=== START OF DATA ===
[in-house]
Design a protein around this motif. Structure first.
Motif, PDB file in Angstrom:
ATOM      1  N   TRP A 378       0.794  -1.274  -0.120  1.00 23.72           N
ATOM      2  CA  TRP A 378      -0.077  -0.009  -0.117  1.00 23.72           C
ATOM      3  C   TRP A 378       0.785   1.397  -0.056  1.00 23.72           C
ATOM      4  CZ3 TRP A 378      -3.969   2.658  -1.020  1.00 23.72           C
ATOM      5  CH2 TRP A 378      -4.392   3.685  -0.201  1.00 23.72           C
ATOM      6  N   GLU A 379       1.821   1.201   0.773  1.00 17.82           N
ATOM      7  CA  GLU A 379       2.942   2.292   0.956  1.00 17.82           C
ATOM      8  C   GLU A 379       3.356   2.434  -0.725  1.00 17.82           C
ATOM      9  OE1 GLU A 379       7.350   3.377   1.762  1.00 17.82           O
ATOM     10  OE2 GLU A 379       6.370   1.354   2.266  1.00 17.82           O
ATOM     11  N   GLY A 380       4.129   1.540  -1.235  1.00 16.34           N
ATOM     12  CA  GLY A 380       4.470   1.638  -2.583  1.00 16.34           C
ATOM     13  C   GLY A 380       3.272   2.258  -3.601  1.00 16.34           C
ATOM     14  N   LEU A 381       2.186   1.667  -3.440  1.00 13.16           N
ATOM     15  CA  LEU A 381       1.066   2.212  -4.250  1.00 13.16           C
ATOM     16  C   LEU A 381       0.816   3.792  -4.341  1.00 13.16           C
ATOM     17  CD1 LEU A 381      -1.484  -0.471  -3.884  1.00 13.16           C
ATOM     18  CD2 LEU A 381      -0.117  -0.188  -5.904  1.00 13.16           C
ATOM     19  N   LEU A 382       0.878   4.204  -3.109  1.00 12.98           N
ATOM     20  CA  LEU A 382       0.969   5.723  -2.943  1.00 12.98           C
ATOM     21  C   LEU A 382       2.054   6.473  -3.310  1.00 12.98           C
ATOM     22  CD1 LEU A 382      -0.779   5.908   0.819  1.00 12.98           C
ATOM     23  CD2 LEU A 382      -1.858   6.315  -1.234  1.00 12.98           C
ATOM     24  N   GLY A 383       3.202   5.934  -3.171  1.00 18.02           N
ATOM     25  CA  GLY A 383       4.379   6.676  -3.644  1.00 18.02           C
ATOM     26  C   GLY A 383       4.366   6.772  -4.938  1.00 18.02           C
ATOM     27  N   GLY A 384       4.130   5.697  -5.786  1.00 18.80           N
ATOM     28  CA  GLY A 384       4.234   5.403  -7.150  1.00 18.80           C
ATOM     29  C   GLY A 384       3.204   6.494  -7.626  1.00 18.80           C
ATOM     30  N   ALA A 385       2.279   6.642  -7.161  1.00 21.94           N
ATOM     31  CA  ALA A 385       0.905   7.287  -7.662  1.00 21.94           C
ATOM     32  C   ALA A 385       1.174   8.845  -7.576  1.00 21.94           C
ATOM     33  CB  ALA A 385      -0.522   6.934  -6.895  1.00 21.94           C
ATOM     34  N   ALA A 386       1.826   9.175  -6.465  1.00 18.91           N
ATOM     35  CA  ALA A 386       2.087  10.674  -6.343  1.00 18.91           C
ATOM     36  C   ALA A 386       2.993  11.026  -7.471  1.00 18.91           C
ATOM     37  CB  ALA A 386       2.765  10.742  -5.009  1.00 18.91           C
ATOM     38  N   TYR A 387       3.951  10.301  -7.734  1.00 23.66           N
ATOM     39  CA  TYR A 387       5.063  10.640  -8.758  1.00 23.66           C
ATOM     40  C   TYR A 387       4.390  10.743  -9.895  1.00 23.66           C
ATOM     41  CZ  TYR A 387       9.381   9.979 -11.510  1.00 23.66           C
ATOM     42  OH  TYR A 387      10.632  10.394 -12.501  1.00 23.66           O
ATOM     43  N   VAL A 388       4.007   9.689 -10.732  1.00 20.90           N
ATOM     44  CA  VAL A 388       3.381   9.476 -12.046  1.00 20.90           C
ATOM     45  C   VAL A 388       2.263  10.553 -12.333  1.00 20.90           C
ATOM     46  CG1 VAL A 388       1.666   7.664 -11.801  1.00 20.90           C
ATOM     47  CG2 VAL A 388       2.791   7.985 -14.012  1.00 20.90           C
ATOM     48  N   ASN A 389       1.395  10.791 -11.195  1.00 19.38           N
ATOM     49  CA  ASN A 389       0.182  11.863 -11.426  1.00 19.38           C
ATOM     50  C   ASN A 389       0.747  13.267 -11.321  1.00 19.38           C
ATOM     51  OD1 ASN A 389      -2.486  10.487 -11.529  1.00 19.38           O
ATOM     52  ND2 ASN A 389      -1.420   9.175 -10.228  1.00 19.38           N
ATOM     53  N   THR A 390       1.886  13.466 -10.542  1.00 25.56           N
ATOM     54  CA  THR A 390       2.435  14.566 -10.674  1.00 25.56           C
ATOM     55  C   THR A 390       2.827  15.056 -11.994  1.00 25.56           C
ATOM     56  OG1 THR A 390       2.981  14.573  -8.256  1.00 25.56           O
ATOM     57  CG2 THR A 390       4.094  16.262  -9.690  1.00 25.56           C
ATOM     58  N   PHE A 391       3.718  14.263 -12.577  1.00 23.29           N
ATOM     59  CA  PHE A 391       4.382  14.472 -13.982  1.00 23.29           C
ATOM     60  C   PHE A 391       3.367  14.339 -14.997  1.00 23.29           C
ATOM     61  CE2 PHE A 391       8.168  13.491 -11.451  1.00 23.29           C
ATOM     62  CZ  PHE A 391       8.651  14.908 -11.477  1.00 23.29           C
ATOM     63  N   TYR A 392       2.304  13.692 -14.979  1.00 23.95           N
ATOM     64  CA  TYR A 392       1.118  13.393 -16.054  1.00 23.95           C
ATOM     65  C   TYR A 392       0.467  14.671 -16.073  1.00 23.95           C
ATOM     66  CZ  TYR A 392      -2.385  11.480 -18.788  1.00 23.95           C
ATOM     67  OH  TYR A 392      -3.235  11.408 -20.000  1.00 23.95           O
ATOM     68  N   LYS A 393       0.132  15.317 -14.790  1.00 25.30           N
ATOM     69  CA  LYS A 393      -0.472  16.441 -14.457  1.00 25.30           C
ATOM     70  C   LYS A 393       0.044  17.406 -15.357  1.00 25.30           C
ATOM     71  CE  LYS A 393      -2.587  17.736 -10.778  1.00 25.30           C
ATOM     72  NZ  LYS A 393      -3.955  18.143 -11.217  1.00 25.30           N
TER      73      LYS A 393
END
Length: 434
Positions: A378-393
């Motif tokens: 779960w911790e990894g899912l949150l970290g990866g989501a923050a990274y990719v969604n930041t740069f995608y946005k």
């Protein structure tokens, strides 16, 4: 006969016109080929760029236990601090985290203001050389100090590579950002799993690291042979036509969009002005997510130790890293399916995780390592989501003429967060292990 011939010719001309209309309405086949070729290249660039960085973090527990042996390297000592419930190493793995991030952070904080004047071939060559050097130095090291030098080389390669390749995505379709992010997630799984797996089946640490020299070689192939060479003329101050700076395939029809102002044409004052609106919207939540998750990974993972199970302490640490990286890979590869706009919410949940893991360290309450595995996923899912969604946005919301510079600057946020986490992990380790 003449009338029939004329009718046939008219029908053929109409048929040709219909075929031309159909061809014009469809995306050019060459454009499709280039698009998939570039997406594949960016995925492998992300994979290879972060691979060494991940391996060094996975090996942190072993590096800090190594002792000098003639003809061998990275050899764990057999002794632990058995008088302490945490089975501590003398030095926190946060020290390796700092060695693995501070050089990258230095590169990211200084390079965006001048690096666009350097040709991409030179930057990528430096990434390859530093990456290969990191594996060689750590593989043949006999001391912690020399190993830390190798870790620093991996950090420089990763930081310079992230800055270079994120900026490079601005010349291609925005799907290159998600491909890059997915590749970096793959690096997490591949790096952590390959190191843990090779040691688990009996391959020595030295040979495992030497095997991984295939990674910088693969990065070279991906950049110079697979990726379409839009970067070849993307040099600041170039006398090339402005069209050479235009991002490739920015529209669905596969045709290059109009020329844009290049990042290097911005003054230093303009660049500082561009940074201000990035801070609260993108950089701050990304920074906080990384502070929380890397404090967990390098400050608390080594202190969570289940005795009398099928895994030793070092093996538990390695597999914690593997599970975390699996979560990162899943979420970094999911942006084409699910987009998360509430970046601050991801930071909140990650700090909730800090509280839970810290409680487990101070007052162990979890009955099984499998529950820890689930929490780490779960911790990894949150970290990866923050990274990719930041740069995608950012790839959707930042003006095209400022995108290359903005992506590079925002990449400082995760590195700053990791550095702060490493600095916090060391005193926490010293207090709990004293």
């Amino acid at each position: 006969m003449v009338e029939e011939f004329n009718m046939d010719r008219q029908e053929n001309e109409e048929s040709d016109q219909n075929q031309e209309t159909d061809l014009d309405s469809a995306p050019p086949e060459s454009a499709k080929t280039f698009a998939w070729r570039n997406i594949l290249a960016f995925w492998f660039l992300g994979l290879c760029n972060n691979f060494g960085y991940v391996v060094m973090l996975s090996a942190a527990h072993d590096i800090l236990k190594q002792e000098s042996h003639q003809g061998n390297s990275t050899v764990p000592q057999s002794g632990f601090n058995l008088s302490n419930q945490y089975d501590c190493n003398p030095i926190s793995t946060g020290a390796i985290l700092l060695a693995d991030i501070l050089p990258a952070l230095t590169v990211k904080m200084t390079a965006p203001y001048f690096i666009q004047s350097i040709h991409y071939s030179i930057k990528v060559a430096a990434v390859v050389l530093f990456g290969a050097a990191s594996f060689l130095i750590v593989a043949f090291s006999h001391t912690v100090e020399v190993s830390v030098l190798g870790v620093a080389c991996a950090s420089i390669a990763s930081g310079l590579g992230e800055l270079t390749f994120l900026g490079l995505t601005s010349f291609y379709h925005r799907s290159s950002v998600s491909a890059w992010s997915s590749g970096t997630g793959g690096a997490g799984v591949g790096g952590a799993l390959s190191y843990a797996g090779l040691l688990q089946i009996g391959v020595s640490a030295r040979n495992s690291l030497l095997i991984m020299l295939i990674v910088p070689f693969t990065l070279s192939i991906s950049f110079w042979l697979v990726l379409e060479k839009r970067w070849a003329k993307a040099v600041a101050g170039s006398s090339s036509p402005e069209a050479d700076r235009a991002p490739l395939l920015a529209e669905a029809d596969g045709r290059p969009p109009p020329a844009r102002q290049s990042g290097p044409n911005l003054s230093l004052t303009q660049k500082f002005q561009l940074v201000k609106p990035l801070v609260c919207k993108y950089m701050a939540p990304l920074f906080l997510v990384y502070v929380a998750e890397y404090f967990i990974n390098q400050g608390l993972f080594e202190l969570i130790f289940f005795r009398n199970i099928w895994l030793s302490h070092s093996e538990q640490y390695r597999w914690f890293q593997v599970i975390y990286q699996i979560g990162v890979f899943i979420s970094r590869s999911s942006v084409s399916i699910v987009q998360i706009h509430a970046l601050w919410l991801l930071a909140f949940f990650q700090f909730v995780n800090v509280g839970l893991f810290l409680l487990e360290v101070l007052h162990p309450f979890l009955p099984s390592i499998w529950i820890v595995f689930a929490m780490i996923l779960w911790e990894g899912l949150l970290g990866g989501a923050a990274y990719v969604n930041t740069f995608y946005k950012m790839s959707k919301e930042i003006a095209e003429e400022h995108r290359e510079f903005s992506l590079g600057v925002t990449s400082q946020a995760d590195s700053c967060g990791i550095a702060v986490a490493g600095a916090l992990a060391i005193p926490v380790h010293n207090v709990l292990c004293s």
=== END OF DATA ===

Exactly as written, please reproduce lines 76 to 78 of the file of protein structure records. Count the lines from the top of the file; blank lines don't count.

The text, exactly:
TER      73      LYS A 393
END
Length: 434